Mr. MUEIR: I remember somebody saying to the Chinese official that--that not all Americans are as impertinent as Mr. Kamm.
LANGFITT: Impertinent? Sure, but also, effective. After the banquet, Kamm testified in Washington on China's behalf; about six weeks later, the Hong Kong student walked free.
Since then, Kamm estimates he's either helped free or improved the conditions of 400 political prisoners. Kamm presents their cases directly to Chinese officials. He tells them that showing mercy is good P.R. in America.
Mr. KAMM: My background was in sales. I'm selling the Chinese government on human rights.
LANGFITT: At first, some were skeptical about Kamm's success. So Robin Monroe, a longtime human rights activist, gave him a test: a pair of obscure political prisoners, the Li brothers.
Mr. ROBIN MONROE (Author; Human Rights Activist): I kind of went to John's office and sort of threw the gauntlet down at him. I said, okay, let's see what you can do with this case. I was very dubious about whether he could do anything.
LANGFITT: Kamm flew to Beijing to lobby the Chinese Supreme Court; the Li's went free. Kamm met them afterwards at a Hong Kong restaurant.
Mr. KAMM: And they came in, these two emaciated young men, bones were sort of sticking out; they were just thin as rails. And you could still see the marks where they had attached the electrodes, the burn marks, on their skin.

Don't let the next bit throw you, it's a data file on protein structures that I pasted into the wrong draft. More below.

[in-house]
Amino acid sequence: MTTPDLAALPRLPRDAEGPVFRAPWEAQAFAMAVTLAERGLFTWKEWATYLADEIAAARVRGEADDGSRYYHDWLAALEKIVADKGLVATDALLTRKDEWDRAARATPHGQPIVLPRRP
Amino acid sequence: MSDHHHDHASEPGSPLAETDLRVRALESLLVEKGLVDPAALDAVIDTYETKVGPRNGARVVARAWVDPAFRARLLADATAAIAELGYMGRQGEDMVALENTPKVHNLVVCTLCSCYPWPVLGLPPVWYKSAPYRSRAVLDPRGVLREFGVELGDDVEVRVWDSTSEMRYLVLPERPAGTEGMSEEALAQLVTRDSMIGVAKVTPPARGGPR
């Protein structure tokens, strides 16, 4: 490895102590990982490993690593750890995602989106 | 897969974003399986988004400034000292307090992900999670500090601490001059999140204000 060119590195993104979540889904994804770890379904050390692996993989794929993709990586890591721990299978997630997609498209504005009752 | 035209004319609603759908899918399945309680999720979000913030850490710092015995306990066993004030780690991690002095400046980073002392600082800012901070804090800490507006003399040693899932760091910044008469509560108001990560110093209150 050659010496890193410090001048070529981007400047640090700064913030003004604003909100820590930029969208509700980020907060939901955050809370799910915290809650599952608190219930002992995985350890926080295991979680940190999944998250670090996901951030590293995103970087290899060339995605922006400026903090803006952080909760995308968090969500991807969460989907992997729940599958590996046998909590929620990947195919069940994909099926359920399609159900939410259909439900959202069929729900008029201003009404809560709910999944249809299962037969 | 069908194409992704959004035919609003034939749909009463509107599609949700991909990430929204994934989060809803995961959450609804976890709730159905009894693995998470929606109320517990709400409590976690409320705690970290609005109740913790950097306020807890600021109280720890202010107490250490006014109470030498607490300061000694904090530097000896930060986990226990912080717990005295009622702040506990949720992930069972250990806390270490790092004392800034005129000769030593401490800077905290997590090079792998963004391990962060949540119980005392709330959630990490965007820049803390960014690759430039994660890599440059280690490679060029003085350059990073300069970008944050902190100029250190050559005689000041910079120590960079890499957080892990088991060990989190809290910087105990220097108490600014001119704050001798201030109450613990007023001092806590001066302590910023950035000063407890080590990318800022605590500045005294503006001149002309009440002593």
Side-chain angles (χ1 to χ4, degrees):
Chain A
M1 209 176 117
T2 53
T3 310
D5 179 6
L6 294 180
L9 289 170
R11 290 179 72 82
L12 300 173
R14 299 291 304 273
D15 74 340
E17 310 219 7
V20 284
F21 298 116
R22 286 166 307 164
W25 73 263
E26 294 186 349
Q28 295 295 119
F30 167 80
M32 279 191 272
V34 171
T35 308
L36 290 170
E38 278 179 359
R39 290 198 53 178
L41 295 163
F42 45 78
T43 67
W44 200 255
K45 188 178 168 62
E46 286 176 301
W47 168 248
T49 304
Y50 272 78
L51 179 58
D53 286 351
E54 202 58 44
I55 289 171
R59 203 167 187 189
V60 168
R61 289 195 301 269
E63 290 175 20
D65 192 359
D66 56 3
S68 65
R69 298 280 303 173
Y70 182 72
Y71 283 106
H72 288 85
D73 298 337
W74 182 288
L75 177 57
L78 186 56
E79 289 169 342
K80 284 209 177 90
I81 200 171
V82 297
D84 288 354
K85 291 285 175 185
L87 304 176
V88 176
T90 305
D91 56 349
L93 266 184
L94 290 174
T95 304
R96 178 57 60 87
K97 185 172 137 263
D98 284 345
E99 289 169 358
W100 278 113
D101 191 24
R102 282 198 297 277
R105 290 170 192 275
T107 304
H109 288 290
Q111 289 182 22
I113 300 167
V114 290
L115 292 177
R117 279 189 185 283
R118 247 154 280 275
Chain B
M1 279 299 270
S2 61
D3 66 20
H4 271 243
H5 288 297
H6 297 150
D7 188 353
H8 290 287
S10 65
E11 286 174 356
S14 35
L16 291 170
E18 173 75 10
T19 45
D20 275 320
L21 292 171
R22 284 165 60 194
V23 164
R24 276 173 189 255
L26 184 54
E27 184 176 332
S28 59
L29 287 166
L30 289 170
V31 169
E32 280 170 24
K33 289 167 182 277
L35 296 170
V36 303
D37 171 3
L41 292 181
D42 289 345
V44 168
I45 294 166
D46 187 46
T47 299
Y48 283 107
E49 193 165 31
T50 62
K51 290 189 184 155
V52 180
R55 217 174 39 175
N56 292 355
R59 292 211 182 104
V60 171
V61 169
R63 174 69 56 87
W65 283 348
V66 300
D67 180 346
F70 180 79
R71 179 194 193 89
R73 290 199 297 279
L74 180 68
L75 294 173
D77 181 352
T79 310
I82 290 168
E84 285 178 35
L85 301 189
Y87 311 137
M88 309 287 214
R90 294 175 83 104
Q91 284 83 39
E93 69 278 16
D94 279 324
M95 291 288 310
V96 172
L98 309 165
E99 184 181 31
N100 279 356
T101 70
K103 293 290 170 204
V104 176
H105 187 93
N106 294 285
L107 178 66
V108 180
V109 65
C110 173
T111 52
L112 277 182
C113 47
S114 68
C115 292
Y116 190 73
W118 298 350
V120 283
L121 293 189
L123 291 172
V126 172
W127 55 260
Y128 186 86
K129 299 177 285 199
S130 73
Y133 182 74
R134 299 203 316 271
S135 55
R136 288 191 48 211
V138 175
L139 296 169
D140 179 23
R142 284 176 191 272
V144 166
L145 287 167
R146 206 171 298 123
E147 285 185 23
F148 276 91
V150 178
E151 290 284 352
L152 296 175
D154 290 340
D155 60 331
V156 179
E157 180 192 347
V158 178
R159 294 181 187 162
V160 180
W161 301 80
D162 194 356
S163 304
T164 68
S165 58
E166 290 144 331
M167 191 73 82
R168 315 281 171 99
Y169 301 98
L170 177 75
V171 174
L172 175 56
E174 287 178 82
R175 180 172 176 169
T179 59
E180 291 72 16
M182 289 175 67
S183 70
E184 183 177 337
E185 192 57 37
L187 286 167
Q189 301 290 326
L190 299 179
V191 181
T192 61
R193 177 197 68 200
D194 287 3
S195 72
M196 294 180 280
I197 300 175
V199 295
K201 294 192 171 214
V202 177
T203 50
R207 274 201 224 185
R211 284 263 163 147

LANGFITT: For political prisoners, outside pressure can be a lifesaver. Kamm was among many who worked the case at Han Dongfang, a Tiananmen Square protest leader. Han was dying of tuberculosis. He said knowing people were trying to get him out kept his spirits up.
Mr. HAN DONGFANG (Former Protest Leader and Prisoner, Hong Kong): The greatest fear in prison is the loneliness. And you are on your own.
LANGFITT: What would have happened if people hadn't been pressing for your release?
Mr. DONGFANG: If there are nobody internationally putting my name in a campaign and helped me have international attention, I think I would be a dead person. I don't think I can have the chance to talk to you.
LANGFITT: In 1999, Kamm started a private foundation called Dui Hua, which means dialogue in Mandarin. His researchers dig for cases in Chinese police records. Kamm travels to china four or five times a year to present prisoner lists and lobby for releases. His most recent case was Phuntsog Nyidron, a Tibetan nun. She had spent 15 years in prison. Among her crimes, secretly recording songs with fellow nuns celebrating the Dalai Lama.
(Soundbite of Phuntsog Nyidron and fellow nuns singing)
LANGFITT: Nyidron was released two years ago, but couldn't leave the country. So, in typical fashion, Kamm studied the Chinese law. Then used it against the government to get her out.